The farm still had it’s windmill as the only source of running water.  The outhouse was still in operation; there was no indoor plumbing.  The telephone (that had a crank to call), barely worked.  During storms there was no electricity.  The surrounding roads were still dirt, and after a storm, were mud.  All that having been said; there was still a remarkable quality of life inherent to living on the Kansas prairie.

The big red line coming from the west through Clay Center is U.S. Route 24.  On the map it looks like an easy drive to Lasita, then turn left, go north, to the farm.  The problem was that north of Lasita the road was dirt and very bad.  The “best” entrance to the farm was from the north, through Green (Kansas).

Reading the above “line descriptions” included on the map sometimes helped.  The road north from Lasita was definitely “unimproved“.  “Two lines” for “Dirt Roads”?  Some maps can be so misleading.

The following road map of the “western” United States gives one an idea of what this summer trip entailed.  There were few freeways then, most travel was on paved two-lane roads, with an occasional extra lane to use to pass.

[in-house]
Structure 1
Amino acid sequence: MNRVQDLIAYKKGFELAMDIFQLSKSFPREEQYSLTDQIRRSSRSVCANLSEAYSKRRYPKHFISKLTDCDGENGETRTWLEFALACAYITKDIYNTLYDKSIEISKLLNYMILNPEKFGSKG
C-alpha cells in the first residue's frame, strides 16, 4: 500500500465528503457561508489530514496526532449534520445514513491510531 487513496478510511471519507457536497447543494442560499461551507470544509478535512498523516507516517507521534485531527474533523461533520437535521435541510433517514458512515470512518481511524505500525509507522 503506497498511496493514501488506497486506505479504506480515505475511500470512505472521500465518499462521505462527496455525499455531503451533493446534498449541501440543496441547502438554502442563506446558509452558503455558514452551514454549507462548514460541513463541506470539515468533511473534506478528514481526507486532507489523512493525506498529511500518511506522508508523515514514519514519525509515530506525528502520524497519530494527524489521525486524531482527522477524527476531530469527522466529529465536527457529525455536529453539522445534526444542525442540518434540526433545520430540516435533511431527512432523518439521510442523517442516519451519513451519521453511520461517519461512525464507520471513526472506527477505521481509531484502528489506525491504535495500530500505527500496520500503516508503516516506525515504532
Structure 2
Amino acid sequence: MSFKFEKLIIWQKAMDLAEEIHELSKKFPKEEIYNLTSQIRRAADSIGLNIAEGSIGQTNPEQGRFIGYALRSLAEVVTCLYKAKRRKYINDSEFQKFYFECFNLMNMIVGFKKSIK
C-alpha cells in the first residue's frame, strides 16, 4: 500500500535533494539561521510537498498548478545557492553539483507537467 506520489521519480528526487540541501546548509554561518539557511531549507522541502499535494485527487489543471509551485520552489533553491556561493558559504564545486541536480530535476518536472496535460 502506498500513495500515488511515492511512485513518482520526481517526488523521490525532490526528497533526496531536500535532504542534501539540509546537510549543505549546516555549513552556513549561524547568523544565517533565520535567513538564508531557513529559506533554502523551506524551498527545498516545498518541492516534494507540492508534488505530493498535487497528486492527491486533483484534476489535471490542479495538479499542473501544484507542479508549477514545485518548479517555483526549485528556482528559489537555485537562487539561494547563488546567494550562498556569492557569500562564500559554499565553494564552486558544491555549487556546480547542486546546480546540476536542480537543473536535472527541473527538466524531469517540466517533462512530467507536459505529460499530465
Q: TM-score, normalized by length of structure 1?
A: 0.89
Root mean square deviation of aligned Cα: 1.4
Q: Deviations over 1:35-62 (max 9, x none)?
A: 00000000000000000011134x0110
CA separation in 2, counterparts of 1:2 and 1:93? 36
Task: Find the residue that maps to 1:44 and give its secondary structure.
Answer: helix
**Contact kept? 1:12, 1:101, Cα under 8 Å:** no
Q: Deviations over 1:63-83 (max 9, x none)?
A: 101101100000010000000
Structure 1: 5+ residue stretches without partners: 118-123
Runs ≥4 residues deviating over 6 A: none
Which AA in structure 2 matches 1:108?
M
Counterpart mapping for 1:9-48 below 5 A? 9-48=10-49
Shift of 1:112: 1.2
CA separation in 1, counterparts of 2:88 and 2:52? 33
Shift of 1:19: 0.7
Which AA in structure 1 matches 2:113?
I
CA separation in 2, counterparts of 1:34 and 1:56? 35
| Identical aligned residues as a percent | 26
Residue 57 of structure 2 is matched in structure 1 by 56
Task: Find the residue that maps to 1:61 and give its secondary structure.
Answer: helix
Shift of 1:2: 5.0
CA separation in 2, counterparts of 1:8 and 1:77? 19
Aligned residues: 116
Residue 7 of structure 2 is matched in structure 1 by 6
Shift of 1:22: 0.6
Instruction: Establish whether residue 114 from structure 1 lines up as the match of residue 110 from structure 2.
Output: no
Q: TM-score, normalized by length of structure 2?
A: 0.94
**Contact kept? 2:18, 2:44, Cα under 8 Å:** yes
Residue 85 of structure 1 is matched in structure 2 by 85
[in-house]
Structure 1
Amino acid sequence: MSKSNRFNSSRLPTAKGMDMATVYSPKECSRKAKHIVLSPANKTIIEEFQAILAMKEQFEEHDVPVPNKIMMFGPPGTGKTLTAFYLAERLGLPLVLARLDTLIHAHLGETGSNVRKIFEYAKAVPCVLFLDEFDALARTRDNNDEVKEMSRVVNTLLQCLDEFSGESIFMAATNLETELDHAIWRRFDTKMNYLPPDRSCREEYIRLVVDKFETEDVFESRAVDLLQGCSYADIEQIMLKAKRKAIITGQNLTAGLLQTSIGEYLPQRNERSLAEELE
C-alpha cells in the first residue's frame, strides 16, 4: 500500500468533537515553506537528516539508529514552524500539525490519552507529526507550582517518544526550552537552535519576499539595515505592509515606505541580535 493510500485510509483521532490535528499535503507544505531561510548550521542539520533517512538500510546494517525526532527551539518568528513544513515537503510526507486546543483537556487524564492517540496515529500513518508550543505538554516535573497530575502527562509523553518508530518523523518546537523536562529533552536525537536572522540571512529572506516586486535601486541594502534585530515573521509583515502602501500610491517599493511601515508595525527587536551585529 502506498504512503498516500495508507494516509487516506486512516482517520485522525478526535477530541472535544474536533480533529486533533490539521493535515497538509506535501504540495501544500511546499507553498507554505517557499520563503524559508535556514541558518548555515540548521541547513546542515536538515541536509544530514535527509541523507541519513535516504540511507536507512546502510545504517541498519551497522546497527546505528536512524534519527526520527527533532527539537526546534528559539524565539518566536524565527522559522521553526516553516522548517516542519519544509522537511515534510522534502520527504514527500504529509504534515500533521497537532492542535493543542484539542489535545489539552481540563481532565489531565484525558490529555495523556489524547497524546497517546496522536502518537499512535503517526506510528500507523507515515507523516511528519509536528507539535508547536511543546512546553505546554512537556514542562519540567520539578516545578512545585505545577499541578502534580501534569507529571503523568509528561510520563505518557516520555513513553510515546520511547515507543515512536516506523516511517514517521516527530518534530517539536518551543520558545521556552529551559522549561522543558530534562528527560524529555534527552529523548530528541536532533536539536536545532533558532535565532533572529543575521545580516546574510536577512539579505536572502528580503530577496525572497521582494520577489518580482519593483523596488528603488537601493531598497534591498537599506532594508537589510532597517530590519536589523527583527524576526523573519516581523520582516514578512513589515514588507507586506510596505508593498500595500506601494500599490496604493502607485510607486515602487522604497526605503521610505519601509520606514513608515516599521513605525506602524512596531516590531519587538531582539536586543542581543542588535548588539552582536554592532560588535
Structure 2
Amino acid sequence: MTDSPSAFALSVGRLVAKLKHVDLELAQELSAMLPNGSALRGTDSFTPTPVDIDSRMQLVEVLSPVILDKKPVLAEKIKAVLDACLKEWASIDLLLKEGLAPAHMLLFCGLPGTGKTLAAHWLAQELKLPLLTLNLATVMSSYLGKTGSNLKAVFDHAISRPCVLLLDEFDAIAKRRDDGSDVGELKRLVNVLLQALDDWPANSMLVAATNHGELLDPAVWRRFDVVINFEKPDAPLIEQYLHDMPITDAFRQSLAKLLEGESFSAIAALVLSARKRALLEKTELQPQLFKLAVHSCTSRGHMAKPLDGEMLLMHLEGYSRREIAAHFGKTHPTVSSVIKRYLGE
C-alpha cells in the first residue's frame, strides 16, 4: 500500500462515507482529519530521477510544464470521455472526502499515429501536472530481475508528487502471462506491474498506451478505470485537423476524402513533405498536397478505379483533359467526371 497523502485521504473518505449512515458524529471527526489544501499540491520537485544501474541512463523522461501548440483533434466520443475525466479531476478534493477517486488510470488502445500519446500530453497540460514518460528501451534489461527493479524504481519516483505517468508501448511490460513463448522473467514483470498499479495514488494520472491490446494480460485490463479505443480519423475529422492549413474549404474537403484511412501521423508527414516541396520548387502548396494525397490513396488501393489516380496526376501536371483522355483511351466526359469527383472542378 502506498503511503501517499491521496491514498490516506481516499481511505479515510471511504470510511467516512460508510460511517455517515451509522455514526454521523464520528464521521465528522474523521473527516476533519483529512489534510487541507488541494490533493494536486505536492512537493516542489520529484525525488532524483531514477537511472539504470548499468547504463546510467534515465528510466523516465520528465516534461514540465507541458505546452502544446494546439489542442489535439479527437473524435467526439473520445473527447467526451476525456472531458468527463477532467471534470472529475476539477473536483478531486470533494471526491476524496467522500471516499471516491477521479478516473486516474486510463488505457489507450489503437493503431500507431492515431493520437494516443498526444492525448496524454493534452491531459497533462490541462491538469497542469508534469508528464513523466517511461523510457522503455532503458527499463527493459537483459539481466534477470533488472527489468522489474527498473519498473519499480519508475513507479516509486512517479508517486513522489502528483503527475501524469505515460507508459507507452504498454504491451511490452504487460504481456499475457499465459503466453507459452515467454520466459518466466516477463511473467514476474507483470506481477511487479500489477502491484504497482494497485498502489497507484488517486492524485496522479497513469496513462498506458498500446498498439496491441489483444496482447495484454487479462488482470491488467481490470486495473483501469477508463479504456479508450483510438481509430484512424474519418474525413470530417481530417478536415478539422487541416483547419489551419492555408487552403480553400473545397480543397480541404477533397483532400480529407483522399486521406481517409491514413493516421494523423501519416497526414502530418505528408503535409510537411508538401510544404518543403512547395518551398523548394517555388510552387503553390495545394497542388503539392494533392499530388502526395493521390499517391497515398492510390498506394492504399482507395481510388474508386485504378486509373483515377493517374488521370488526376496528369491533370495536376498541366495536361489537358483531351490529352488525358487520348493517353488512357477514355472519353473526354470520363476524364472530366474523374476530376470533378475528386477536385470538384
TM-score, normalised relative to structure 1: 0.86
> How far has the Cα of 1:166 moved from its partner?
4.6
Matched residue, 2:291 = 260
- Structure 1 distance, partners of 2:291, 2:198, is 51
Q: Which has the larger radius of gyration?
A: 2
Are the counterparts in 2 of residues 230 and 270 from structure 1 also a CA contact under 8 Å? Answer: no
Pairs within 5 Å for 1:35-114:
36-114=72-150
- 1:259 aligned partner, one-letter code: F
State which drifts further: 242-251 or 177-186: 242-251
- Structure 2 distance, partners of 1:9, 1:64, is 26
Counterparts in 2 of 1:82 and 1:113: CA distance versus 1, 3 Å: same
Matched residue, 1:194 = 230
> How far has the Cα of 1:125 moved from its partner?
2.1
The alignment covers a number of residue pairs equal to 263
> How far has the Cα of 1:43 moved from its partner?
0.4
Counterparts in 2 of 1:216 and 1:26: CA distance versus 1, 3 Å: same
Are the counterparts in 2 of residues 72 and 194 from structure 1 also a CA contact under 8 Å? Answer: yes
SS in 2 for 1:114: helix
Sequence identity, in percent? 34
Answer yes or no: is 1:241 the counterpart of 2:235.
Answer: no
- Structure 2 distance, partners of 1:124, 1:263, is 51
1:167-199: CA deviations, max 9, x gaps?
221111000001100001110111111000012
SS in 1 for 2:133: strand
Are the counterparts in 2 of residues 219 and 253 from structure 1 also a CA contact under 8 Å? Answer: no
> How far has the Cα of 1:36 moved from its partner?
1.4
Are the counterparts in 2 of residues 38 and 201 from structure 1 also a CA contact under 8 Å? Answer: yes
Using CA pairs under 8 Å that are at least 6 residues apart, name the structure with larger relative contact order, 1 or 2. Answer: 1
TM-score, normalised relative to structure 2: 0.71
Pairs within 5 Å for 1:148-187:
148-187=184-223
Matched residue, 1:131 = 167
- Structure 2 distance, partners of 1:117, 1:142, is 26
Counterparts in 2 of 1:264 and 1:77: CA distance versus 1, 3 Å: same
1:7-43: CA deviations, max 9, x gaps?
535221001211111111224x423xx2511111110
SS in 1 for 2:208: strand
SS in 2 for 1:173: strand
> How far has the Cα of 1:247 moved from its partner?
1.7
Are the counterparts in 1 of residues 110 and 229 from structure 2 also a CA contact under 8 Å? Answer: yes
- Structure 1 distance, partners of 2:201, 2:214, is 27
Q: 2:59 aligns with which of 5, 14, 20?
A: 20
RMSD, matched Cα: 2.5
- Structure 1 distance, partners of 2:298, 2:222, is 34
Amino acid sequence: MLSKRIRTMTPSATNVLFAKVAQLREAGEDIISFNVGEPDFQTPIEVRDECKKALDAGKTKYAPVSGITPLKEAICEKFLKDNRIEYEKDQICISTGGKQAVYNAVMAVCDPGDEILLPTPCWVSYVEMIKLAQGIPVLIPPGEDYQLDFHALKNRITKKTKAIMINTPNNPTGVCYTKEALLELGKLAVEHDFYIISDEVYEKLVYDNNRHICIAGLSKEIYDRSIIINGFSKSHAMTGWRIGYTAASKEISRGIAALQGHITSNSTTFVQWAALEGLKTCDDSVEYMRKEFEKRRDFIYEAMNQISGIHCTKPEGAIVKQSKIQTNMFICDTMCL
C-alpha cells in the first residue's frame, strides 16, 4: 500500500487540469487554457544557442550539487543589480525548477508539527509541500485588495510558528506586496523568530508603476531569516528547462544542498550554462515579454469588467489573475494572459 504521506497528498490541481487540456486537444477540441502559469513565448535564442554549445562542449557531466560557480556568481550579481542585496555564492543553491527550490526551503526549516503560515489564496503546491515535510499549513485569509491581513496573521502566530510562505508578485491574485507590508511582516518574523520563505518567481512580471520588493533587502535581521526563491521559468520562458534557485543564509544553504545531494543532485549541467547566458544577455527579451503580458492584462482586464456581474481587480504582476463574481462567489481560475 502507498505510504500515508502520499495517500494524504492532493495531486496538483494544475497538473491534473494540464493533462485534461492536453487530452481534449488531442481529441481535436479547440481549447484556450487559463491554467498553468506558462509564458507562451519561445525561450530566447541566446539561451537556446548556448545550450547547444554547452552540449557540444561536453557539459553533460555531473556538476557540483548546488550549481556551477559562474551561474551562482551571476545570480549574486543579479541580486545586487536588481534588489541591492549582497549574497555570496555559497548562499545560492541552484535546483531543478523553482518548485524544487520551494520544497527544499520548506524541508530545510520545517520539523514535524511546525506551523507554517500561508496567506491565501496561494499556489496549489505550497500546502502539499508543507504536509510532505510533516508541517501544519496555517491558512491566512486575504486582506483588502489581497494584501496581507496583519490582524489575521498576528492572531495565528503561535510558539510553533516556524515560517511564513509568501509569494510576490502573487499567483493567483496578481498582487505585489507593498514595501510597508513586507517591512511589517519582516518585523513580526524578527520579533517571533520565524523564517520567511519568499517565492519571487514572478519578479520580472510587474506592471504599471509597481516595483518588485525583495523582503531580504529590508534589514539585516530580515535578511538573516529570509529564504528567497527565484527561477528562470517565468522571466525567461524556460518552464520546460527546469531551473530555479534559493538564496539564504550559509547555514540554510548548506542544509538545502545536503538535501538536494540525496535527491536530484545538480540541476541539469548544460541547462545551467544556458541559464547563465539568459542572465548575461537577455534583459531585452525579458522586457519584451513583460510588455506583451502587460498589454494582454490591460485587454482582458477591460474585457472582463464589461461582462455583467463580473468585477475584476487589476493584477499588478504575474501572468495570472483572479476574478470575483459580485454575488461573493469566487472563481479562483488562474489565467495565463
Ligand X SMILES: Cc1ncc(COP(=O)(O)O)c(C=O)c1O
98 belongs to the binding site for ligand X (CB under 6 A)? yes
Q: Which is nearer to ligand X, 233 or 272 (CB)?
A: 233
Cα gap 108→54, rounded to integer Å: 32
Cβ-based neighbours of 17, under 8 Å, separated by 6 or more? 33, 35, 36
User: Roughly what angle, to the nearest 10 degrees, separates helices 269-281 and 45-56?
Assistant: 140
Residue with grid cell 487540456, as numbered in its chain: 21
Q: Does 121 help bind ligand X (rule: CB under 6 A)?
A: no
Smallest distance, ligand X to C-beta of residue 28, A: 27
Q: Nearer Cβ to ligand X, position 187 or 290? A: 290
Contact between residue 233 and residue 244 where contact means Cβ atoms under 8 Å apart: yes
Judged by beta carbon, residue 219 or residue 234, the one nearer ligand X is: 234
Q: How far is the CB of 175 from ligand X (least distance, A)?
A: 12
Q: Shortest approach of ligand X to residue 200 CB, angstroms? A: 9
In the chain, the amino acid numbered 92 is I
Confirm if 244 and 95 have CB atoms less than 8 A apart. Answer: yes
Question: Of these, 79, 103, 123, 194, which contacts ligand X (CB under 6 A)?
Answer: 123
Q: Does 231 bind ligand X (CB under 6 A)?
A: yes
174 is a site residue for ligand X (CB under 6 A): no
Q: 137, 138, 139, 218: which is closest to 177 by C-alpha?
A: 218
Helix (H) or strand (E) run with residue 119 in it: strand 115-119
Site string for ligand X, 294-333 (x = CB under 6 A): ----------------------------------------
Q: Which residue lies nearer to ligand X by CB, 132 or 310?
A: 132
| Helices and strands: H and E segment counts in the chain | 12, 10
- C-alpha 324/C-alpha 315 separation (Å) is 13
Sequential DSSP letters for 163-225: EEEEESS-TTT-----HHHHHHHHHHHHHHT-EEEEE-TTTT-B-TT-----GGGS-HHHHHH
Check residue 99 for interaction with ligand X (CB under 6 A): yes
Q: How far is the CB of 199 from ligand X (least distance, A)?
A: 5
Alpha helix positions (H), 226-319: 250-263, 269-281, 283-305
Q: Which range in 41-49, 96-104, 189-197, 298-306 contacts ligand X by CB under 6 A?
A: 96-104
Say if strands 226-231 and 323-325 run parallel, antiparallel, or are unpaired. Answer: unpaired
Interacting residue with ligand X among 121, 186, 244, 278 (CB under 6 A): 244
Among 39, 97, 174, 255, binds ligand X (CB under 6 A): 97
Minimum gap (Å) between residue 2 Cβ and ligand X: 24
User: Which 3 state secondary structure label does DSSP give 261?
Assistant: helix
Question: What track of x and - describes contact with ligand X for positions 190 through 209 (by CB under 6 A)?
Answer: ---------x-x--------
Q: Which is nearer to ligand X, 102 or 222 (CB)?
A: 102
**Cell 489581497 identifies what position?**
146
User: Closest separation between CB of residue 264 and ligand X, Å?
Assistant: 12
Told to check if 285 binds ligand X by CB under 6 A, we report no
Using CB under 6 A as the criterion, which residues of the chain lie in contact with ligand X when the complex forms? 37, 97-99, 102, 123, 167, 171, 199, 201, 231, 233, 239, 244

The trip began in Kings Beach at Lake Tahoe, which is on the California – Nevada line (north shore).   The family had been in Las Vegas, with a visit to Boulder Dam, earlier in the summer.  The “trip out” went northerly, through Salt Lake and then down to Denver.  We drove briefly to Kansas City at one point, from the farm.  Hemme rode with us going back.  It was a 1950 Ford Station wagon (woody), LOF glass.  We went west through southern Colorado, over to Zion (National Park), through Zion and the tunnel, then again north to Ely and “back west”.  Somebody should have marked the map.